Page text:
Drat! I rolled Focus: Cunning (Toilets).

Fill in the 2d6 table’s ability slots. And we come to the hard crunch. Filling in the 2d6 chart is undoubtedly the most difficult and time-consuming portion of background creation. If you’re lucky, like I have been only once or twice in the past, you can blow through this with no problem what-so-ever. First off, the comparatively easy part; you need to discover what secondary abilities can apply to your background and the different races, if you are using the separate 2d6 tables option. For example, Constitution is a commonly assumed important ability for a dwarf, so that will be placed in the 7-8 slot which a player has the highest probability of rolling. Magic is the same for elves, who are commonly considered as being the strongest with Magic, and then I’ll give humans Dexterity to bring in the acrobats. Think in a similar fashion for the ability options at slots 2 and 12, the slots with the lowest probability to roll.

Fill in the 2d6 table’s focus slots. Don’t give up because you are almost done! However, I will have to admit that I have sometimes stopped creating entirely due to this portion of background creation. Because of the amount of slots that you have to fill (5 per race), it can become rather daunting. Feel free to use the same focuses between the different available races. Keep in mind the above table describing the probability of the different slots. Ability focuses with higher probabilities need to have a strong tie to both the background and the associated race. Below you can see the final result of the ability focuses chosen for the Traveling Entertainer.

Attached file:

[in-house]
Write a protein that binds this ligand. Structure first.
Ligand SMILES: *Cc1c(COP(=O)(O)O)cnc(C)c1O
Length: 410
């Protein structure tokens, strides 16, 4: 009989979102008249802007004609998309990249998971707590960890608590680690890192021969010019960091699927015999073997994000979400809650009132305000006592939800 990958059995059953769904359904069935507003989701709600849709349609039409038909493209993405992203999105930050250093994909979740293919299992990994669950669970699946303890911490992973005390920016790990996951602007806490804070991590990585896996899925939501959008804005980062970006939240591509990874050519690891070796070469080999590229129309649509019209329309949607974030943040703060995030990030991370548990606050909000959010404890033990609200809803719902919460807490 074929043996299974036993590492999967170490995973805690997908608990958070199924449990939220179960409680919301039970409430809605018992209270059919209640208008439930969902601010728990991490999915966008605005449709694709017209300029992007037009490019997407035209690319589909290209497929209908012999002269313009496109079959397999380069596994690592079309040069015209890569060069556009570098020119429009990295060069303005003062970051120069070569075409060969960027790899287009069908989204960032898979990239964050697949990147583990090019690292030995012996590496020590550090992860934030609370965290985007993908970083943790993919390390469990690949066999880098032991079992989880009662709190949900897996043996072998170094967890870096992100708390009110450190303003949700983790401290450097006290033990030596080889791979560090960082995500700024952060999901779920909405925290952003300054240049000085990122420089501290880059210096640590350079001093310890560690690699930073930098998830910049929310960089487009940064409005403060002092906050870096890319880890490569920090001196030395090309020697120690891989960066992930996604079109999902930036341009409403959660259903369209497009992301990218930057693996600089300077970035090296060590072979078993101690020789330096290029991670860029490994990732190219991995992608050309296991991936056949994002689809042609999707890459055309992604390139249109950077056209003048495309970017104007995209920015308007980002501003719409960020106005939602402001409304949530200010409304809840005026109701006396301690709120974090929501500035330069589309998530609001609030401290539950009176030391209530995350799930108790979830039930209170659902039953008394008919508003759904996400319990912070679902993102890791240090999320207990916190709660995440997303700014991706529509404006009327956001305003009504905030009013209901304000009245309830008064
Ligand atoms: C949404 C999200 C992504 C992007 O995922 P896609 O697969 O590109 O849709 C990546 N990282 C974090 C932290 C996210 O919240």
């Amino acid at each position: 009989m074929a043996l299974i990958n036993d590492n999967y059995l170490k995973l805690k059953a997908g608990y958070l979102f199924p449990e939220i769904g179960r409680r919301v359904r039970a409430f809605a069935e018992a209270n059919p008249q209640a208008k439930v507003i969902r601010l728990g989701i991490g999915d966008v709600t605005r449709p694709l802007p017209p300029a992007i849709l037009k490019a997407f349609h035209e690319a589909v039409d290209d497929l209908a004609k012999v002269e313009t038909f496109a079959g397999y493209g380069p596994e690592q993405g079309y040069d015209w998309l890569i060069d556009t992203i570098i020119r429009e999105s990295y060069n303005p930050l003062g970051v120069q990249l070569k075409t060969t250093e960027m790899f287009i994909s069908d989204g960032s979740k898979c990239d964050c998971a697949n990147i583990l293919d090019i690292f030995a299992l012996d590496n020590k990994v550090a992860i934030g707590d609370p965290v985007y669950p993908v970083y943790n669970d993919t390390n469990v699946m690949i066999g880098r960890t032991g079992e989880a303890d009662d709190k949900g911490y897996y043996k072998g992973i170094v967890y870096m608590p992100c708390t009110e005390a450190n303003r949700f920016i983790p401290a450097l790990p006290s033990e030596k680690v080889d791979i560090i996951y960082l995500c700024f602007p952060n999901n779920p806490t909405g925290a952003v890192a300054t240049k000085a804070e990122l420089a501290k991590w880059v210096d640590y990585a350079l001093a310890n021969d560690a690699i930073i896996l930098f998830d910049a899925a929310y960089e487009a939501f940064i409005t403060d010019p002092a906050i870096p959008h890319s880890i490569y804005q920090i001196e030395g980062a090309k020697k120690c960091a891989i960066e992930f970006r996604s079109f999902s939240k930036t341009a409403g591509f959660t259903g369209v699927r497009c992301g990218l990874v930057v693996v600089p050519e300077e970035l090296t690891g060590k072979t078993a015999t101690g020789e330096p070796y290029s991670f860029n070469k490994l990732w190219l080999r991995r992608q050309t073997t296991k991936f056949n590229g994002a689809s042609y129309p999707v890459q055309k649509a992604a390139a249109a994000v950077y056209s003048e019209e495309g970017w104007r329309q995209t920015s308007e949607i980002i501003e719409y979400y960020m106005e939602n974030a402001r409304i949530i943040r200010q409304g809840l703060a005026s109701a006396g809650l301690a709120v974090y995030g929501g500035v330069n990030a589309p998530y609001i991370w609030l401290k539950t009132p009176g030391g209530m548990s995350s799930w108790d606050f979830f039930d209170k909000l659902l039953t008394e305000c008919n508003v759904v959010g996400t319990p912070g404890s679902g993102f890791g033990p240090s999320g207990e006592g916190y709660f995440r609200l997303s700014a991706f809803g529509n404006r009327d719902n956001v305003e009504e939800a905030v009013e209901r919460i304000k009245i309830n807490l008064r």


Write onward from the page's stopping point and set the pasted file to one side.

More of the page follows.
Add the flavor text. The flavor text of a background is the frosting on the cake, the whipped cream on the frappuccino, the sprinkles on the cookie…I think I might have a sweet tooth. Now that you have all the mechanical elements of your background figured out, write in the flavor text. How does this background fit into your setting? What makes this a viable option for your players to choose? The more generic the background, the harder this may become (as I am discovering with the Traveling Entertainer) but do what you can to make it both compelling and interesting. You don’t want your players to be bored.